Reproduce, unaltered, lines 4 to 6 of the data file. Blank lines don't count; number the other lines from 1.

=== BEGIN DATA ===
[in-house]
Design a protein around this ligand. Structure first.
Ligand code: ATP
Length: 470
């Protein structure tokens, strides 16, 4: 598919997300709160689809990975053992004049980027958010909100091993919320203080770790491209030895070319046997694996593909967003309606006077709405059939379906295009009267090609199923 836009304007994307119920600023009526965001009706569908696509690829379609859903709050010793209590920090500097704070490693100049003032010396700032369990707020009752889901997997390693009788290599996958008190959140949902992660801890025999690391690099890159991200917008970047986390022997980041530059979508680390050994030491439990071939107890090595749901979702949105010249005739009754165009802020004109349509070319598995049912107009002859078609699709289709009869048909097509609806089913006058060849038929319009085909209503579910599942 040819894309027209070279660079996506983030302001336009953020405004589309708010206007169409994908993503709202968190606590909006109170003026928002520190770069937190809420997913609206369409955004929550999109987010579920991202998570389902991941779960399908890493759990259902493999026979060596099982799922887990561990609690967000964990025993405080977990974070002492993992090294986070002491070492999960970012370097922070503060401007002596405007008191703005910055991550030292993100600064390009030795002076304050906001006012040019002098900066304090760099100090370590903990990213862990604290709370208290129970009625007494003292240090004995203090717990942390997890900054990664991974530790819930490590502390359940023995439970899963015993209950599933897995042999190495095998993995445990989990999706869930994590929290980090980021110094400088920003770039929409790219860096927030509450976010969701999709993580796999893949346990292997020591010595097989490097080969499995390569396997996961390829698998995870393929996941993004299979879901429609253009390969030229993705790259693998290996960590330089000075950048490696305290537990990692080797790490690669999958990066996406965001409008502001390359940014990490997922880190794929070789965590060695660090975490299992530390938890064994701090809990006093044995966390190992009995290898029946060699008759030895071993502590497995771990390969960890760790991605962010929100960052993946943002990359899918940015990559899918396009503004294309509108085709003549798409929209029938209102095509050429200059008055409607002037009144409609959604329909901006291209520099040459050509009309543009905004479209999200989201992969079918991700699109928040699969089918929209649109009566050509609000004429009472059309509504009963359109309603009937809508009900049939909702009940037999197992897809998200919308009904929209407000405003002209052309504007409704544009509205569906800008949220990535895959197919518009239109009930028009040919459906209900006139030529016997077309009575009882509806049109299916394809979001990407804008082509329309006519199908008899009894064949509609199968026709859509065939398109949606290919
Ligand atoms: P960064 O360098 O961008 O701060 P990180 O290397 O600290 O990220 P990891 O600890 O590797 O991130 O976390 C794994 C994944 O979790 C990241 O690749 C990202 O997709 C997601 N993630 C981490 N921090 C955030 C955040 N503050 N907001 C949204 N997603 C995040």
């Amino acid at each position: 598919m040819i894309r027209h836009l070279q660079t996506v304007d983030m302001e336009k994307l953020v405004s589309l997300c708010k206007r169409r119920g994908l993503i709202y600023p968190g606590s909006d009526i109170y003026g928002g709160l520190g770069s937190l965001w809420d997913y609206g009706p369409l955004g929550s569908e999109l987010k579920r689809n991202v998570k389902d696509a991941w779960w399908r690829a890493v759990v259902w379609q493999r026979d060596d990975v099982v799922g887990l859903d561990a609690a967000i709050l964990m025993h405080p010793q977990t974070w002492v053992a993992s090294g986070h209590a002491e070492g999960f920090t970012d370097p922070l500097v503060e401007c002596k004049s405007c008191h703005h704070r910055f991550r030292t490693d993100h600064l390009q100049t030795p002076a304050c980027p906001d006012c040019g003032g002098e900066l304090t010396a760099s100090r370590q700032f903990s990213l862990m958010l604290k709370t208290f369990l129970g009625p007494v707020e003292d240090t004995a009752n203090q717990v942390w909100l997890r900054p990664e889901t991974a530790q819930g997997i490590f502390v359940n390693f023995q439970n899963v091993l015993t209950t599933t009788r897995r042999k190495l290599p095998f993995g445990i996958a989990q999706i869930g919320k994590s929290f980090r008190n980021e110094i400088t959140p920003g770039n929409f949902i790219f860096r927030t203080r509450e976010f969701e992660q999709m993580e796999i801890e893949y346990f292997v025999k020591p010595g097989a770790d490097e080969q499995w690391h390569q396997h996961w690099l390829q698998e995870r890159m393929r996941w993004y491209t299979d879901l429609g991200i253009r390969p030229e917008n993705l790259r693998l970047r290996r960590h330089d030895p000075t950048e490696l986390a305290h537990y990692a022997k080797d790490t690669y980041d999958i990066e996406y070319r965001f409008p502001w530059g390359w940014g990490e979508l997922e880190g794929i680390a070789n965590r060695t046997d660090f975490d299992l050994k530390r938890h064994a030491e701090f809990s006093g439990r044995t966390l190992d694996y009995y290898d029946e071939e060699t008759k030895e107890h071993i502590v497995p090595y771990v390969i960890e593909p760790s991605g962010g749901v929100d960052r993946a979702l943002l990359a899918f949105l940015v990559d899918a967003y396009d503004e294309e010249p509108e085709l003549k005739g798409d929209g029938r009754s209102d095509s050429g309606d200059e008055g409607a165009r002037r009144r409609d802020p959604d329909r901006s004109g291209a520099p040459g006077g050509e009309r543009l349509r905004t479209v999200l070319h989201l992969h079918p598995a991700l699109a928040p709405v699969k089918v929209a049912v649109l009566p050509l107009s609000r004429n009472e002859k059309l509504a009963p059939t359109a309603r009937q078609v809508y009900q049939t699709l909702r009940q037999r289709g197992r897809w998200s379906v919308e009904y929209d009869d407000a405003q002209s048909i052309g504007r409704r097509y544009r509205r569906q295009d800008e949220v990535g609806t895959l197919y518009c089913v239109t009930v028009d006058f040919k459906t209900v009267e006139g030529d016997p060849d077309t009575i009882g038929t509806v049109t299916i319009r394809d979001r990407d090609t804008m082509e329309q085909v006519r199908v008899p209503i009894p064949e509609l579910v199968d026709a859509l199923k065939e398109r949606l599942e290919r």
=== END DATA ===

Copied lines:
Length: 470
């Protein structure tokens, strides 16, 4: 598919997300709160689809990975053992004049980027958010909100091993919320203080770790491209030895070319046997694996593909967003309606006077709405059939379906295009009267090609199923 836009304007994307119920600023009526965001009706569908696509690829379609859903709050010793209590920090500097704070490693100049003032010396700032369990707020009752889901997997390693009788290599996958008190959140949902992660801890025999690391690099890159991200917008970047986390022997980041530059979508680390050994030491439990071939107890090595749901979702949105010249005739009754165009802020004109349509070319598995049912107009002859078609699709289709009869048909097509609806089913006058060849038929319009085909209503579910599942 040819894309027209070279660079996506983030302001336009953020405004589309708010206007169409994908993503709202968190606590909006109170003026928002520190770069937190809420997913609206369409955004929550999109987010579920991202998570389902991941779960399908890493759990259902493999026979060596099982799922887990561990609690967000964990025993405080977990974070002492993992090294986070002491070492999960970012370097922070503060401007002596405007008191703005910055991550030292993100600064390009030795002076304050906001006012040019002098900066304090760099100090370590903990990213862990604290709370208290129970009625007494003292240090004995203090717990942390997890900054990664991974530790819930490590502390359940023995439970899963015993209950599933897995042999190495095998993995445990989990999706869930994590929290980090980021110094400088920003770039929409790219860096927030509450976010969701999709993580796999893949346990292997020591010595097989490097080969499995390569396997996961390829698998995870393929996941993004299979879901429609253009390969030229993705790259693998290996960590330089000075950048490696305290537990990692080797790490690669999958990066996406965001409008502001390359940014990490997922880190794929070789965590060695660090975490299992530390938890064994701090809990006093044995966390190992009995290898029946060699008759030895071993502590497995771990390969960890760790991605962010929100960052993946943002990359899918940015990559899918396009503004294309509108085709003549798409929209029938209102095509050429200059008055409607002037009144409609959604329909901006291209520099040459050509009309543009905004479209999200989201992969079918991700699109928040699969089918929209649109009566050509609000004429009472059309509504009963359109309603009937809508009900049939909702009940037999197992897809998200919308009904929209407000405003002209052309504007409704544009509205569906800008949220990535895959197919518009239109009930028009040919459906209900006139030529016997077309009575009882509806049109299916394809979001990407804008082509329309006519199908008899009894064949509609199968026709859509065939398109949606290919
Ligand atoms: P960064 O360098 O961008 O701060 P990180 O290397 O600290 O990220 P990891 O600890 O590797 O991130 O976390 C794994 C994944 O979790 C990241 O690749 C990202 O997709 C997601 N993630 C981490 N921090 C955030 C955040 N503050 N907001 C949204 N997603 C995040």